Diwali has a nice tagline; it's the "Festival of Lights." In Hinduism, it commemorates the return of Lord Rama to his kingdom after fourteen years of exile and an epic battle with the demon Ravana. But just as Christmas as celebrated today has a tenuous connection with a guy born in a shed in ancient Palestine who may or may not have been God incarnate, Diwali, which fell on 5 November this year, is about eating good food, spending time with family and, of course, blowing stuff up.
Traditionally it is celebrated with simple oil-burning lamps called diyas, which are placed in rows. (The word Diwali is a contraction of "Dipavali" meaning "row of lamps" in Sanskrit). A diya is just a wick and a reservoir of oil. Now of course strings of electric lights are everywhere, and Delhi becomes a riot of colours. Exactly like Christmas, commercialization means the rich compete with each other to put the most kilowatt hours on display in front of their homes and the simple gift boxes of yore have been replaced with overflowing monstrosities. (A friend of mine received a couple of gifts in the latest fashion: Rather just presenting sweets in a box, as in the old days, the giver had bought crystal dishes, had a sweets-maker fill them and then offered the whole ensemble.)
The symbolism of the lamps, the triumph of good over evil, is evocative. A lamp is placed in the darkest part of the house to banish the darkness from it. In Hindu homes, such as the one I visited this Diwali, a simple puja (prayer) is performed once everyone has put on nice clothes. Incongruously the altar in this particular home was in the teenage daughter's room, so I had to keep reminding myself that we were praying to Ganesha and Lakshmi rather than to Hannah Montana or the Jonas Brothers. I received the traditional vermilion dot on my forehead, and felt a strong connection to this family I had only met recently and to Hindu culture more generally. (Because I study Urdu and Persian, I tend to identify with Indo-Islamic culture.) I had the thought that I really want my (as yet imaginary) children to spend Diwali in India so they have the full experience.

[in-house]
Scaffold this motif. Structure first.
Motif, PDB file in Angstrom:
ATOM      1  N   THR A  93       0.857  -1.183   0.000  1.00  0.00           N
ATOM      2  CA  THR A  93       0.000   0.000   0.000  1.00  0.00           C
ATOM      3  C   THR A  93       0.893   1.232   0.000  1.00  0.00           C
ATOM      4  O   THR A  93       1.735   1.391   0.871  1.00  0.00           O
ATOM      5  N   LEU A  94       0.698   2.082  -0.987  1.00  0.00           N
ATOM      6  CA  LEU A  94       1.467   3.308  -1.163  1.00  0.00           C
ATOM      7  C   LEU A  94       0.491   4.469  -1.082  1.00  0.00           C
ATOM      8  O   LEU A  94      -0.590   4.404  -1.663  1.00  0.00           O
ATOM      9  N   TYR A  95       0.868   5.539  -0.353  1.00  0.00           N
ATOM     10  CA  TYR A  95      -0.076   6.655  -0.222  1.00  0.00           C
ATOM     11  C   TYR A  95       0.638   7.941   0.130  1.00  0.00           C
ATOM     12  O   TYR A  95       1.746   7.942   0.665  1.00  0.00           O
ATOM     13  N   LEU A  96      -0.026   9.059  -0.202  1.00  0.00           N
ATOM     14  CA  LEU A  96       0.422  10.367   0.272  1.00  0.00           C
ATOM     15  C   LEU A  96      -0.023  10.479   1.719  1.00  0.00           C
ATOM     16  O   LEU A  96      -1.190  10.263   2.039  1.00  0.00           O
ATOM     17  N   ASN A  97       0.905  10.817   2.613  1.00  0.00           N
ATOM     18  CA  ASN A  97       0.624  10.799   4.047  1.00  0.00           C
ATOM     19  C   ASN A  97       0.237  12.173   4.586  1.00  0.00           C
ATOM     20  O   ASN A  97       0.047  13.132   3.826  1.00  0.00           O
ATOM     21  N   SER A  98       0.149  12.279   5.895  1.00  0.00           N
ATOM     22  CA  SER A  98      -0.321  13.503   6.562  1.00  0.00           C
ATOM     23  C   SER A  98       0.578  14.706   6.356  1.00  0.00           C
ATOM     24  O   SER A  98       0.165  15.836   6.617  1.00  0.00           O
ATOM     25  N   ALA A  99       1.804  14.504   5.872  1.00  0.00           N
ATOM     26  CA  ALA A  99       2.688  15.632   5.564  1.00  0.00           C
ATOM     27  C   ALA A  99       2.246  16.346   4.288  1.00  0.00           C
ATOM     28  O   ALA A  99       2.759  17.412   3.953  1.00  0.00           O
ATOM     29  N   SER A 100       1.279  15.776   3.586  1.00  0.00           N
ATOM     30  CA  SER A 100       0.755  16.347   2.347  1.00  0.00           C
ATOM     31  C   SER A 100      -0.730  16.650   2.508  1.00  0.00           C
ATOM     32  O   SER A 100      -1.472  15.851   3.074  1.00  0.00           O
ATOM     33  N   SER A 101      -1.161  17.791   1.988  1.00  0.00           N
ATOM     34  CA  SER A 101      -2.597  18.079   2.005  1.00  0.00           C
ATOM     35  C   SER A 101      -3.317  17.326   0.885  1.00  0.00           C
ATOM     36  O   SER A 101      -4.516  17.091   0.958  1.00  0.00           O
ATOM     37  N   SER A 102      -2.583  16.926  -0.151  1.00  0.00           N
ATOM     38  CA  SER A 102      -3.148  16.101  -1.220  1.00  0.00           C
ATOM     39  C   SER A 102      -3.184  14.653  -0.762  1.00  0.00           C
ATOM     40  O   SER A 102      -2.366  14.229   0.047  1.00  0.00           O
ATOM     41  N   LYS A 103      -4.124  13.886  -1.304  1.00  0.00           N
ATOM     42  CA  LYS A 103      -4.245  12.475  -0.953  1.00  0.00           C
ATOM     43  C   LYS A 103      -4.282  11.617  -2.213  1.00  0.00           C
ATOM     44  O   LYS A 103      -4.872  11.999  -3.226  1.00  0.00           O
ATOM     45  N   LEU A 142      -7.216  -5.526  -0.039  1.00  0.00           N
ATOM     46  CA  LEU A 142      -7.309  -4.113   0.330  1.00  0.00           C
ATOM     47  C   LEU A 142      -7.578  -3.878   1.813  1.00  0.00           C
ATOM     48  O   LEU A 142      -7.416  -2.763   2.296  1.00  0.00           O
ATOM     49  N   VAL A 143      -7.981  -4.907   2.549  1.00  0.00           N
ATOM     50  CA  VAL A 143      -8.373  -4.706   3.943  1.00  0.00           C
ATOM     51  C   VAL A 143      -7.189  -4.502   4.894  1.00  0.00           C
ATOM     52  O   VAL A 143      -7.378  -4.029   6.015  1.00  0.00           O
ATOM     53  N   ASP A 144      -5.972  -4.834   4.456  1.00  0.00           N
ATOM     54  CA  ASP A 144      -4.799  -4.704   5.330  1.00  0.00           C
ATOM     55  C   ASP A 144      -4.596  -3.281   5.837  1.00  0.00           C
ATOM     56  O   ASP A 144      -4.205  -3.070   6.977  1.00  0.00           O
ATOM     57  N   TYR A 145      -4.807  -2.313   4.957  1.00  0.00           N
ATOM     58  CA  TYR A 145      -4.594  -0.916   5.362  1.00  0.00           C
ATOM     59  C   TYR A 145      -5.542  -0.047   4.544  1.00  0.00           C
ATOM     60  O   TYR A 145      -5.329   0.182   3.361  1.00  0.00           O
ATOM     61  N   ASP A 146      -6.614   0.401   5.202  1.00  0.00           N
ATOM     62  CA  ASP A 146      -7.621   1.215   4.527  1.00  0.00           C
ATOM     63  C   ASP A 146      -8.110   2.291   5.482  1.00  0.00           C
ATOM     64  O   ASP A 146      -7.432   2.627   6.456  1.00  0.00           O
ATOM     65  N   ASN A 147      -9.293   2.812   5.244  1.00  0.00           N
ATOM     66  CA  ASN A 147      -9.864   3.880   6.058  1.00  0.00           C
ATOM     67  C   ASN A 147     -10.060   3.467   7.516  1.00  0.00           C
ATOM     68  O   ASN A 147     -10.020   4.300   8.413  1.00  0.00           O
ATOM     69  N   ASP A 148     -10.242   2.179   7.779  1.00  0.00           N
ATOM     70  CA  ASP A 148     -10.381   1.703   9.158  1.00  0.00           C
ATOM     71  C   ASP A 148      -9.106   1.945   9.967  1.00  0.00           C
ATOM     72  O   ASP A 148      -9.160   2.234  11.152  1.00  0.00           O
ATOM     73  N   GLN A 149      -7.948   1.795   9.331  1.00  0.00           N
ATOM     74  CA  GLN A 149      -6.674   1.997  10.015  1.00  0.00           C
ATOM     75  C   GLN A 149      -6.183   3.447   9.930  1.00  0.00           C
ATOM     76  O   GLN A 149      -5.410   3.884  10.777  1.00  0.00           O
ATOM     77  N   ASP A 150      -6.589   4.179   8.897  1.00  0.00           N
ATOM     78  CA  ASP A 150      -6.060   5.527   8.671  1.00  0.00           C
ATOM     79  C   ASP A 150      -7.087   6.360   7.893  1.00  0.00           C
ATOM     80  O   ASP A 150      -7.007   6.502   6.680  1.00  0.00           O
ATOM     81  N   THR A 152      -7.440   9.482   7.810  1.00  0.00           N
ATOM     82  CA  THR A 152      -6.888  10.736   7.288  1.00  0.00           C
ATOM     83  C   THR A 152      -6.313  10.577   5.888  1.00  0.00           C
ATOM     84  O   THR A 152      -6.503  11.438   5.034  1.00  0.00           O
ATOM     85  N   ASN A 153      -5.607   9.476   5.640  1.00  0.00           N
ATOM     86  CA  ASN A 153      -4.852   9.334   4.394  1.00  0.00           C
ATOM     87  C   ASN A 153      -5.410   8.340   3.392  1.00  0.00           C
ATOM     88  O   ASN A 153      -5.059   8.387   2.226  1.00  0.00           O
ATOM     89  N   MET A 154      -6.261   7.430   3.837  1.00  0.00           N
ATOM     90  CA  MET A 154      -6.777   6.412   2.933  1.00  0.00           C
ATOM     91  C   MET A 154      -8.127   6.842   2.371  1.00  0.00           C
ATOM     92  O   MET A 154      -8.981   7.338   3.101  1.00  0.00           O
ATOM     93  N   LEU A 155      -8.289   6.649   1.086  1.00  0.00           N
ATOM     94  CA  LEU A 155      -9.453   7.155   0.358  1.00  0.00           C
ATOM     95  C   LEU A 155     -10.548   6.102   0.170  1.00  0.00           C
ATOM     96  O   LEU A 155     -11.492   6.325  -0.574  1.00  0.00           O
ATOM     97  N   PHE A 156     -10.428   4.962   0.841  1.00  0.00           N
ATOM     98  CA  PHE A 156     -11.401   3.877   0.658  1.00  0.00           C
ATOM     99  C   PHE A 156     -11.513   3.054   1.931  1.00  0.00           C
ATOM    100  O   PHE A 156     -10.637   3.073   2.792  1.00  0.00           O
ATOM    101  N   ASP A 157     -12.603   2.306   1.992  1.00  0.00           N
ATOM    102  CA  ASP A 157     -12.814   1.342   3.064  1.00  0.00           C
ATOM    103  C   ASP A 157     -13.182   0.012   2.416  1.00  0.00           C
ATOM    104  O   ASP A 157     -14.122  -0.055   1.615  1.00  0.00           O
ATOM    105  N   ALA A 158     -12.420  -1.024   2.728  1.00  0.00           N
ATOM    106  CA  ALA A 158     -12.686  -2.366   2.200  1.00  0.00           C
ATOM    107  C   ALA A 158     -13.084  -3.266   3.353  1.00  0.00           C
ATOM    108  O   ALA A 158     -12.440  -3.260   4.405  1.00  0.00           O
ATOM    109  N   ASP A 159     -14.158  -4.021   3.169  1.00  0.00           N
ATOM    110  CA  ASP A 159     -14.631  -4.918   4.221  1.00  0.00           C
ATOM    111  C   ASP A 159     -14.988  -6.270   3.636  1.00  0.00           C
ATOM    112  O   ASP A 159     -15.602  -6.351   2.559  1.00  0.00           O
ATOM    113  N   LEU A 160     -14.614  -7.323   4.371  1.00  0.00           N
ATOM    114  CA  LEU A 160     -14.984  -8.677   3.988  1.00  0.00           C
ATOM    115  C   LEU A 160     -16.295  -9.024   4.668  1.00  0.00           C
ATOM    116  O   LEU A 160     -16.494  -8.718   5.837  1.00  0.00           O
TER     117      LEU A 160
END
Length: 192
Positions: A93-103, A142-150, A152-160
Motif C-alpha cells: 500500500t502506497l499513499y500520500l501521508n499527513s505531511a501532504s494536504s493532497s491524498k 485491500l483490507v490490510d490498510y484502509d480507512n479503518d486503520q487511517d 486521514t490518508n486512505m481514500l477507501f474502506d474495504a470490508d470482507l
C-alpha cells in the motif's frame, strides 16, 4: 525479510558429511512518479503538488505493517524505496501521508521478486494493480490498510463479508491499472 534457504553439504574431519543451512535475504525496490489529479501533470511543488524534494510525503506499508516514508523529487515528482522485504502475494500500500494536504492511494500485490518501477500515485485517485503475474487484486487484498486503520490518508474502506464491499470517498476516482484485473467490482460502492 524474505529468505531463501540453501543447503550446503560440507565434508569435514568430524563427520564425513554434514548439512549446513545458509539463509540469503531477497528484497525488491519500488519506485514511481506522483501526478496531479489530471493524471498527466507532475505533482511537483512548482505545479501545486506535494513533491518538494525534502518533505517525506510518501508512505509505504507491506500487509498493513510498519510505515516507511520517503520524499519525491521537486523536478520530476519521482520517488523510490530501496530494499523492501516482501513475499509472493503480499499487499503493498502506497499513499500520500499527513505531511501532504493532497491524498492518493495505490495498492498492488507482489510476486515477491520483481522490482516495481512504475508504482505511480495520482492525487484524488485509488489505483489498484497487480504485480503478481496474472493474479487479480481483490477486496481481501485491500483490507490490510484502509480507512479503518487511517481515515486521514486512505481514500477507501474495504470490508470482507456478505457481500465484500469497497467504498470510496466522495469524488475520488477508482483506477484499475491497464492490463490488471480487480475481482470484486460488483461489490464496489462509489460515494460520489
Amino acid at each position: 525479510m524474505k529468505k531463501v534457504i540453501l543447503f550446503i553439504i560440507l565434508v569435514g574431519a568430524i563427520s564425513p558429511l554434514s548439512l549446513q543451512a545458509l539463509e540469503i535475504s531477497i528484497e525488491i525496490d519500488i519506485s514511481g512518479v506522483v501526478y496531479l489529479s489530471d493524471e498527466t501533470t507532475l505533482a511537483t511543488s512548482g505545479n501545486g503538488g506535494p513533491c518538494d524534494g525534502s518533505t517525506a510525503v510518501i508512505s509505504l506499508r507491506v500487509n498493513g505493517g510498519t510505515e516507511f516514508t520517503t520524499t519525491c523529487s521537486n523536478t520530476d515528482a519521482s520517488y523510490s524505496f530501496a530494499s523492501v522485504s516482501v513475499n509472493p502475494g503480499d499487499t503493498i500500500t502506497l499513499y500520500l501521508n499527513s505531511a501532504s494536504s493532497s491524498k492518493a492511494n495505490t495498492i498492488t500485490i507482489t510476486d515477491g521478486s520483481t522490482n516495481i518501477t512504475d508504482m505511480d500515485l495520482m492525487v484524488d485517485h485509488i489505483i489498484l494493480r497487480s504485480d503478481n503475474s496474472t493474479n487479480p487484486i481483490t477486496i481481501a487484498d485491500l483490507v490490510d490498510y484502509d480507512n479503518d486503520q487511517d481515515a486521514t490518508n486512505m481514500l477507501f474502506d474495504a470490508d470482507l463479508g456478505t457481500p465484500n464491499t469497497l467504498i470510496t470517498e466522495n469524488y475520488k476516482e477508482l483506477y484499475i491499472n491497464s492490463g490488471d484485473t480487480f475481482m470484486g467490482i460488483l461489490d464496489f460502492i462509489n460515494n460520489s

After the visiting of friends and relatives, the event all the boys have been waiting for takes place--and continues until about four in the morning. Fireworks of every kind are set off. There are sparklers, loud crackers, bottle rockets, cones that burn with a solar intensity in phosphorus white and green, red balls called anaar (pomegranate) that live up to their name by scattering exploding "seeds," and big fireworks that shoot a few hundred metres in the air. I've celebrated Diwali in New York but with the City's restrictive laws on things that explode, it was all very tame. Here on the other hand you can look in any direction and see fireworks going off. In fact, one ended up falling on a car on our street, adding a car alarm to the cacophony. When you look around, you know that people are doing the same thing as you not just in Delhi but across India, and you feel part of a much larger whole. A couple of months into my long stay here that sense was just what I needed. The exuberance of the night before was still on display when we drove home in the morning, and saw Delhi blanketed in smog from the fireworks.
Bonus: A sign at the security checkpoints on the Metro: "No crackers on Metro" Being an American, I couldn't help but imagine security personnel confiscating packets of saltines.